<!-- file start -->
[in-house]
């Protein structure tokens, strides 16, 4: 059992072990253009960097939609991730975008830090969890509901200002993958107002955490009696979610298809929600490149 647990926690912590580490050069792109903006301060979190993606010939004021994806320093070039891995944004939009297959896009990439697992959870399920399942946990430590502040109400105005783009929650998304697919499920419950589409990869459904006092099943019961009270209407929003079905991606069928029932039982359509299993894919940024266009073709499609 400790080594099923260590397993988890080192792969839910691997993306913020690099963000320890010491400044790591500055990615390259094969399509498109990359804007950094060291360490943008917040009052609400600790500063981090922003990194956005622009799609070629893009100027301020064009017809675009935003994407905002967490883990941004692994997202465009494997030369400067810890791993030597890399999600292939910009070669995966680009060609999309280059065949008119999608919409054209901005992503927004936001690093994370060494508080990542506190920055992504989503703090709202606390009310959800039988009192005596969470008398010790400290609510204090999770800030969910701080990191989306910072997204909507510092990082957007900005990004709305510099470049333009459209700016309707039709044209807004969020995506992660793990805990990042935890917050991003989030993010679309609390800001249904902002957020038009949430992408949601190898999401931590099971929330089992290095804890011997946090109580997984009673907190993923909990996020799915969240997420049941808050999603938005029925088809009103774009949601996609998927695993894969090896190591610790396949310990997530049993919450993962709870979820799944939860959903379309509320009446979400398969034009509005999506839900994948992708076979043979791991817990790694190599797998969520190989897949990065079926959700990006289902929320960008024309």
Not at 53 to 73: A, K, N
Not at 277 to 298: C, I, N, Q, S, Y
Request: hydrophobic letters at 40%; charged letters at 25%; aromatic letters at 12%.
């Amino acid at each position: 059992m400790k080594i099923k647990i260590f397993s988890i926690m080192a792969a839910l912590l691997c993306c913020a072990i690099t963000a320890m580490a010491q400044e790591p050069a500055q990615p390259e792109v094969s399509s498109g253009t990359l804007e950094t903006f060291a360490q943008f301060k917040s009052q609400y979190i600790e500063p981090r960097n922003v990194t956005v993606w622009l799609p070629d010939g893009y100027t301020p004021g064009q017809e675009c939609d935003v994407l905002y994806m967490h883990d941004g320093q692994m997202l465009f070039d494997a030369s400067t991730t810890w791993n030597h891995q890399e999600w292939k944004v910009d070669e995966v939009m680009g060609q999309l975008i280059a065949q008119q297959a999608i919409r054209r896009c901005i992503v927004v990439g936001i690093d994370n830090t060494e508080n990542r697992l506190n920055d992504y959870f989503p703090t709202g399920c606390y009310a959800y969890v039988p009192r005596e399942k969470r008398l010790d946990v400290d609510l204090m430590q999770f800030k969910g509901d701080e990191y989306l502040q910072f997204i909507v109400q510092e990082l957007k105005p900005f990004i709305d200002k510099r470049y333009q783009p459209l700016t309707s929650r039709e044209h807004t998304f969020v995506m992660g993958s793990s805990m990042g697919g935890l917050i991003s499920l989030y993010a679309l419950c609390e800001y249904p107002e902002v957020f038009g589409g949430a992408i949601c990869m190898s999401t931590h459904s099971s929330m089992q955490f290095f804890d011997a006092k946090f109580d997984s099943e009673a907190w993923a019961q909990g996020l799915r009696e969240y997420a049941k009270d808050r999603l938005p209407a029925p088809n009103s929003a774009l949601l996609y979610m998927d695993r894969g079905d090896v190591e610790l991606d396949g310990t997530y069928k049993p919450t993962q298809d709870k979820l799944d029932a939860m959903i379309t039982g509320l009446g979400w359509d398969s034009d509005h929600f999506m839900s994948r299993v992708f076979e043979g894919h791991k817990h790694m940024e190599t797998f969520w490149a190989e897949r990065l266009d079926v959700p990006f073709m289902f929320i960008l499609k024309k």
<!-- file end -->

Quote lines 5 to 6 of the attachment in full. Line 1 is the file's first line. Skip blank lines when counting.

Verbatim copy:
Request: hydrophobic letters at 40%; charged letters at 25%; aromatic letters at 12%.
């Amino acid at each position: 059992m400790k080594i099923k647990i260590f397993s988890i926690m080192a792969a839910l912590l691997c993306c913020a072990i690099t963000a320890m580490a010491q400044e790591p050069a500055q990615p390259e792109v094969s399509s498109g253009t990359l804007e950094t903006f060291a360490q943008f301060k917040s009052q609400y979190i600790e500063p981090r960097n922003v990194t956005v993606w622009l799609p070629d010939g893009y100027t301020p004021g064009q017809e675009c939609d935003v994407l905002y994806m967490h883990d941004g320093q692994m997202l465009f070039d494997a030369s400067t991730t810890w791993n030597h891995q890399e999600w292939k944004v910009d070669e995966v939009m680009g060609q999309l975008i280059a065949q008119q297959a999608i919409r054209r896009c901005i992503v927004v990439g936001i690093d994370n830090t060494e508080n990542r697992l506190n920055d992504y959870f989503p703090t709202g399920c606390y009310a959800y969890v039988p009192r005596e399942k969470r008398l010790d946990v400290d609510l204090m430590q999770f800030k969910g509901d701080e990191y989306l502040q910072f997204i909507v109400q510092e990082l957007k105005p900005f990004i709305d200002k510099r470049y333009q783009p459209l700016t309707s929650r039709e044209h807004t998304f969020v995506m992660g993958s793990s805990m990042g697919g935890l917050i991003s499920l989030y993010a679309l419950c609390e800001y249904p107002e902002v957020f038009g589409g949430a992408i949601c990869m190898s999401t931590h459904s099971s929330m089992q955490f290095f804890d011997a006092k946090f109580d997984s099943e009673a907190w993923a019961q909990g996020l799915r009696e969240y997420a049941k009270d808050r999603l938005p209407a029925p088809n009103s929003a774009l949601l996609y979610m998927d695993r894969g079905d090896v190591e610790l991606d396949g310990t997530y069928k049993p919450t993962q298809d709870k979820l799944d029932a939860m959903i379309t039982g509320l009446g979400w359509d398969s034009d509005h929600f999506m839900s994948r299993v992708f076979e043979g894919h791991k817990h790694m940024e190599t797998f969520w490149a190989e897949r990065l266009d079926v959700p990006f073709m289902f929320i960008l499609k024309k």